Jesse tracks down Lestat multiple times in the movie and literally provokes and insults him the entire time. Finally, she tries to convince him to turn her into a vampire. Lestat declines and tries to convince her out of it by killing a woman and drinking her blood in front of Jesse. Jesse is horrified and changes her mind because vampires sucking blood is something a paranormal researcher who has an obsession with vampires forgot about.

As it turns out, Lestat’s band’s music wakes up an ancient vampire named Akasha. Akasha wants to find Lestat and does so by going to that vampire bar (because there’s only one in the world, apparently) and then murders the shit out of everyone there for absolutely no reason. Both Jesse and Akasha follow Lestat to a concert, where they watch him hilariously fail to lip sync. His awful performance is soon interrupted by swarms of vampires attacking Lestat (who easily fights them off effortlessly). Akasha then appears on stage, taking Lestat and flying away to a distant island where they plan to rule humanity together.

Vampires prefer to wear just the collar and cuffs of their shirt, apparently

Akasha tells Lestat to prove his love to her by killing Jesse. This is supposed to be a dramatic scene, but it isn’t because every interaction Lestat and Jesse has had, she’s just bothers him and he gets pissed at her. So when he kills her, there’s no reaction in the audience because there isn’t a protagonist in this movie. Jesse is the closest thing and she’s in only four scenes in the entire movie. Lestat is an unlikeable asshole who acts like a baby having a tantrum the entire movie till he gets what he wants. It was obvious that Akasha was the antagonist but she didn’t show up till the last 20 minutes.

After killing Jesse, Lestat and all the other vampires killing Akasha by getting everyone to drink her blood at once. Lestat is such an inconsistent character, he doesn’t make any sense. What was the movie about? It was just a bunch of meaningless vampire bullshit put together with characters you don’t care about and dislike. This movie wasn’t even “so bad it’s funny”, it was just bad. This is the first time in my entire life that I have ever questioned how watching a bad movie could affect my well being.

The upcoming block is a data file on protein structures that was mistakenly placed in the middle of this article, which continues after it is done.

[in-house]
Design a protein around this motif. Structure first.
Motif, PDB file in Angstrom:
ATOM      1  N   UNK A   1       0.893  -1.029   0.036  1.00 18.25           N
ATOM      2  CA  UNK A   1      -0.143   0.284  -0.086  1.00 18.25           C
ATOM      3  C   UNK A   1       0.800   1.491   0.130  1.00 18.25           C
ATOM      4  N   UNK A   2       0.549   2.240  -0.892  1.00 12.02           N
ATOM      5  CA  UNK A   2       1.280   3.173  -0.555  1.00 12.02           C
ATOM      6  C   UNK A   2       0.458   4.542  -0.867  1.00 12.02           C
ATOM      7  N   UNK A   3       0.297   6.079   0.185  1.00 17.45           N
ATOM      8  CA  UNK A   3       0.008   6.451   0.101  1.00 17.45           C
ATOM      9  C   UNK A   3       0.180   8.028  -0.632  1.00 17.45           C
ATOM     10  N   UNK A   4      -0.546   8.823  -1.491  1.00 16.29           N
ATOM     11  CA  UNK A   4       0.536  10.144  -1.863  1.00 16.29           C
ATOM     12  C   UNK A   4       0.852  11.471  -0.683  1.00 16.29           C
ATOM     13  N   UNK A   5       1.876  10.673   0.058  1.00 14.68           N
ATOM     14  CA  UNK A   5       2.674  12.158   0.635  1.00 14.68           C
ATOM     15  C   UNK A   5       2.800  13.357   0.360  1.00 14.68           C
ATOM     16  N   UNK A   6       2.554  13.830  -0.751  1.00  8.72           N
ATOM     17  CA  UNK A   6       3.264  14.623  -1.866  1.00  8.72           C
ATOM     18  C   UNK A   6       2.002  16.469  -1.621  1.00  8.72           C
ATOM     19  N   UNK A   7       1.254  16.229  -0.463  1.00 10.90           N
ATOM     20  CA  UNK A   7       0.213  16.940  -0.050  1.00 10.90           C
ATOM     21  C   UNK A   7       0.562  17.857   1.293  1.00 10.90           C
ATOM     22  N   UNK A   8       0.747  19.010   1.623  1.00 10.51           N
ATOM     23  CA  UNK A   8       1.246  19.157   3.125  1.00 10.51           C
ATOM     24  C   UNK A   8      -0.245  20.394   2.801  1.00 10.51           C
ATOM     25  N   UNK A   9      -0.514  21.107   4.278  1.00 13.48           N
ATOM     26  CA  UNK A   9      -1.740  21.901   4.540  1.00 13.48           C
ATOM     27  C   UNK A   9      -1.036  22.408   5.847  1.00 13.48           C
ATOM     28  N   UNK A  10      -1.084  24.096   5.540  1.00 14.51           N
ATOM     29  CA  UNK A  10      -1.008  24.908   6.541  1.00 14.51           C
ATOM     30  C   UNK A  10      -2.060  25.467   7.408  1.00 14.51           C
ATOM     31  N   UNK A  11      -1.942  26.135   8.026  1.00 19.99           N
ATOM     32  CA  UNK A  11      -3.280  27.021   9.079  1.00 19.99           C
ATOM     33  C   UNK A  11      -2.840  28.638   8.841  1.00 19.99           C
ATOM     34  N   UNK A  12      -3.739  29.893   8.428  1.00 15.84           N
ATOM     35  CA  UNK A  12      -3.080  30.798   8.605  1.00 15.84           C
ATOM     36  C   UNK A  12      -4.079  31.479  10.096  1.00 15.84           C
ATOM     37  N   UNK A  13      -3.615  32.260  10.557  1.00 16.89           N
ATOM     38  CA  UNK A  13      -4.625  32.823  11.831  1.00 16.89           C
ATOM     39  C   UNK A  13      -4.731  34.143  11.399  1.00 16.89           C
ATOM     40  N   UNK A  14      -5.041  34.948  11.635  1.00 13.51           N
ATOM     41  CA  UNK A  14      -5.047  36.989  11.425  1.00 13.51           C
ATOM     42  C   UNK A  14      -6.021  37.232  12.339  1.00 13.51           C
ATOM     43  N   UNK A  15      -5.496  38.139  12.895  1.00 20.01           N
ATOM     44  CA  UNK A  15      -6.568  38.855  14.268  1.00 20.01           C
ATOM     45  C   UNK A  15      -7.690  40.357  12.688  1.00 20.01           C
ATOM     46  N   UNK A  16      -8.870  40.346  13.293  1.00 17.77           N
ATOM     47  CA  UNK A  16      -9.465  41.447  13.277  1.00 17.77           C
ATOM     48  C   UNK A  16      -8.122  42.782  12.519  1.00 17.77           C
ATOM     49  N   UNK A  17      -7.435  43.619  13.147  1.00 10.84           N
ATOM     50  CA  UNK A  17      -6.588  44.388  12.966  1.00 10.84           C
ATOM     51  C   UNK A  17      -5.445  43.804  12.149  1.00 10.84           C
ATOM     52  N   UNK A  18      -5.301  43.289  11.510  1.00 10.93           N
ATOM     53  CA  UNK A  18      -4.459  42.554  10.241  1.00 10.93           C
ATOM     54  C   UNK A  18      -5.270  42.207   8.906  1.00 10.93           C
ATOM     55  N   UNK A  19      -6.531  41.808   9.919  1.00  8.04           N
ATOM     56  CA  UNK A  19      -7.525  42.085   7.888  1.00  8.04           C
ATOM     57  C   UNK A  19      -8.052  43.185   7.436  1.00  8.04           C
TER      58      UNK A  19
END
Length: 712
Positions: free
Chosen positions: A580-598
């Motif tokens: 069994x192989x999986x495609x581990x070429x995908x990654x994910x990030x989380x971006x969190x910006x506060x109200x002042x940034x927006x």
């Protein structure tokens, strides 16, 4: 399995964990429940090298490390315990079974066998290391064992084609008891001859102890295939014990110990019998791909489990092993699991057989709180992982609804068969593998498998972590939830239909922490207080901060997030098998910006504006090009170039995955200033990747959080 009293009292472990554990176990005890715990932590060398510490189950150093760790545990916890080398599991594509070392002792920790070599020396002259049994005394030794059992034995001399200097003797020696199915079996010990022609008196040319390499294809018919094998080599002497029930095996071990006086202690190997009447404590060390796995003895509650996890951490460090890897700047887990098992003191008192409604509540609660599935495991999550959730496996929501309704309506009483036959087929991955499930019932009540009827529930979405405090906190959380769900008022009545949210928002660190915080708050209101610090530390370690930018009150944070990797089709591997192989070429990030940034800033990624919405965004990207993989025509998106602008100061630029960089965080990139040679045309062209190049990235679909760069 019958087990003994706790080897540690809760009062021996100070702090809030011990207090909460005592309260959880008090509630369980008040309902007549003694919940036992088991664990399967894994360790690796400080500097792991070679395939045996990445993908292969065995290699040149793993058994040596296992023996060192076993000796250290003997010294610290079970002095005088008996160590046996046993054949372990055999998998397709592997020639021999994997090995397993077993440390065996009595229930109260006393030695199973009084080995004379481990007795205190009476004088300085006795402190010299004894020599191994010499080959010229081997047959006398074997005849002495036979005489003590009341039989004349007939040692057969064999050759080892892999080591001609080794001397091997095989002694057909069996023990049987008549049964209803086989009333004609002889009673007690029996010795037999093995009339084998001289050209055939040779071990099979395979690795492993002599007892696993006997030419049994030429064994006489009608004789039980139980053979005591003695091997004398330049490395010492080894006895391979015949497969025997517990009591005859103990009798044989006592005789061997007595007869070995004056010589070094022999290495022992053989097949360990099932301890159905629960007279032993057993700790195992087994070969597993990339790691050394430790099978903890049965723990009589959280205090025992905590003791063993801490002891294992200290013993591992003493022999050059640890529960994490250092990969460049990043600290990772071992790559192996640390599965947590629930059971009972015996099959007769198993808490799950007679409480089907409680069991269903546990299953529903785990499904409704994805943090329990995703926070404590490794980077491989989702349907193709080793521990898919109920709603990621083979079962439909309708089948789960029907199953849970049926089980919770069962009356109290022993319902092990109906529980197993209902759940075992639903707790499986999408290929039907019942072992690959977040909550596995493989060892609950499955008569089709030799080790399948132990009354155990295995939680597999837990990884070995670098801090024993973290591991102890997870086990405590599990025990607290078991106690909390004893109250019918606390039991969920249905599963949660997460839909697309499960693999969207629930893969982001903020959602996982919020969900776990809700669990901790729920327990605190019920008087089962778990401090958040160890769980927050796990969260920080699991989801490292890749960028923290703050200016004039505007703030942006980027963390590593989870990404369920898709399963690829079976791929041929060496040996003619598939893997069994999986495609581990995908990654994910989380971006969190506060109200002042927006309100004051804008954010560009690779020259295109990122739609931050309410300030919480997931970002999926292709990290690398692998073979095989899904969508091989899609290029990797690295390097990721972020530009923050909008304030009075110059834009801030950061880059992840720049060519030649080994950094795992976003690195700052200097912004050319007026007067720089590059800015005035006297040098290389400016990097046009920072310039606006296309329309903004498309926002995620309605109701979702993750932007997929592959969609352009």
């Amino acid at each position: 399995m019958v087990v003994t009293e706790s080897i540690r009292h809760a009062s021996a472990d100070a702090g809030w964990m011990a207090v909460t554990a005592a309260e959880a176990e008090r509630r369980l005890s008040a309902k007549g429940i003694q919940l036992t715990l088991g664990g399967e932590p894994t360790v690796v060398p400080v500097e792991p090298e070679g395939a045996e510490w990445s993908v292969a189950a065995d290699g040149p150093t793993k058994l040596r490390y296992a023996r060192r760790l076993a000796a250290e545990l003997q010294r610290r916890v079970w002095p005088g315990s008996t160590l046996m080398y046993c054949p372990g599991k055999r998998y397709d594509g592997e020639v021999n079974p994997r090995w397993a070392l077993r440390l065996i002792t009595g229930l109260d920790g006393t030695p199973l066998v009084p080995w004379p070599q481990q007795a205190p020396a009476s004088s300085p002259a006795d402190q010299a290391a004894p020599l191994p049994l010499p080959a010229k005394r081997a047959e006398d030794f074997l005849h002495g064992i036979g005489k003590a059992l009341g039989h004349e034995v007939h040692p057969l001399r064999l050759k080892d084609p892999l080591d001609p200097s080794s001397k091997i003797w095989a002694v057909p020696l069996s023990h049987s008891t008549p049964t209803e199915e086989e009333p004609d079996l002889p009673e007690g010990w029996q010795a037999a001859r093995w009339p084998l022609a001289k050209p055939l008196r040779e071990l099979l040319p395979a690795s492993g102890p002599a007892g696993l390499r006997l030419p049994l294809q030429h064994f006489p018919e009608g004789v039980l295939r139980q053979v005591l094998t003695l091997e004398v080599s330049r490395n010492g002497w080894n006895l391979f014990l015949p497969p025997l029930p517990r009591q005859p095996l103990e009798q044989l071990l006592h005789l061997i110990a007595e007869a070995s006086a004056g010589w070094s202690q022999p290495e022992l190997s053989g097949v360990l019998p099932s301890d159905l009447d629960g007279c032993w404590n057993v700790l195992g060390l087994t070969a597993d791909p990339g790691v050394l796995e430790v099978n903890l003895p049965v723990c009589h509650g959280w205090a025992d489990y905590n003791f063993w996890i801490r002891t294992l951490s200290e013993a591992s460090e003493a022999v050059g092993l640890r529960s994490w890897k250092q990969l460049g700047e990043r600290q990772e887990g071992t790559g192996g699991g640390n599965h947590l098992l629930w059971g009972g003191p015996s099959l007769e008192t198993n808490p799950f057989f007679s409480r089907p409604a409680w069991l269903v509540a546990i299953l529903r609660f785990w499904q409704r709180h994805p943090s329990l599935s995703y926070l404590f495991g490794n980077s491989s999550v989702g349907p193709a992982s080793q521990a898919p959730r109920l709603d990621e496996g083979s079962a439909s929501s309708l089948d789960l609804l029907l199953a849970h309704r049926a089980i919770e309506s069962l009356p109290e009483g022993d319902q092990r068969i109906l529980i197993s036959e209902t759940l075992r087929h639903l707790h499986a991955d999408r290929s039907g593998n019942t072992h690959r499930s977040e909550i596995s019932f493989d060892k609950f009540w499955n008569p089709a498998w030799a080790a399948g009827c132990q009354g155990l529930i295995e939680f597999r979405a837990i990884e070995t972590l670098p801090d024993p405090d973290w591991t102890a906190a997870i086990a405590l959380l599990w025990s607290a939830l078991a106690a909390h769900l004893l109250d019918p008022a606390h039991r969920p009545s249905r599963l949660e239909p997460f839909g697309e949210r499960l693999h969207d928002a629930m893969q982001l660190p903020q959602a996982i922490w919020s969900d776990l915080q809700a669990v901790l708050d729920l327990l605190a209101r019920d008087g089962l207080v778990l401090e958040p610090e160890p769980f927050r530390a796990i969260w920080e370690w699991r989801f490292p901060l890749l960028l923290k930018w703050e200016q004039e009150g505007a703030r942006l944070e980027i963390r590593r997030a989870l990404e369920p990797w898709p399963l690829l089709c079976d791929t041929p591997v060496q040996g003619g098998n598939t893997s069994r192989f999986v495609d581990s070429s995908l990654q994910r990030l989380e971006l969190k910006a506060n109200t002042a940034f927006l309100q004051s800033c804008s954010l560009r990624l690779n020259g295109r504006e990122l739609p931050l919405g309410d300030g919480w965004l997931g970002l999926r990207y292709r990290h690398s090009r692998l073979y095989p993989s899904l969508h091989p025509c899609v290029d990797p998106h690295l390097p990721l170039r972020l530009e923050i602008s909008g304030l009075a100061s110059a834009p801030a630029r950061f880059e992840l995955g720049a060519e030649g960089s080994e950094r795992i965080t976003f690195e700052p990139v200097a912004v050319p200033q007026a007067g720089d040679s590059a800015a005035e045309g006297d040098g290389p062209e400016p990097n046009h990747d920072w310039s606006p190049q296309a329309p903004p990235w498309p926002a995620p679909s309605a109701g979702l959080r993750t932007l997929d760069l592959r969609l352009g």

This image is just as funny a second time

Dane can’t think of a funny way to sign off today, he’s just kind of sad after watching that movie. You can follow him on Tumblr and Twitter! (It might cheer him up, you never know!)

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  • This is a fair review. I think some of the sets are well done in this film. I quite like the concert scene even though the vampires just fall over dead. Aaliyah looks the part. At least the vampires are seen as evil. They’re not meant to be something to envy and emulate. However, as you say, there’s no dramatic tension. It’s meant to be a piece of eye candy for a certain generation.

  • I agree with Pantagruella–and I’ll say what you say about the music is unfair. Also, you’re funny.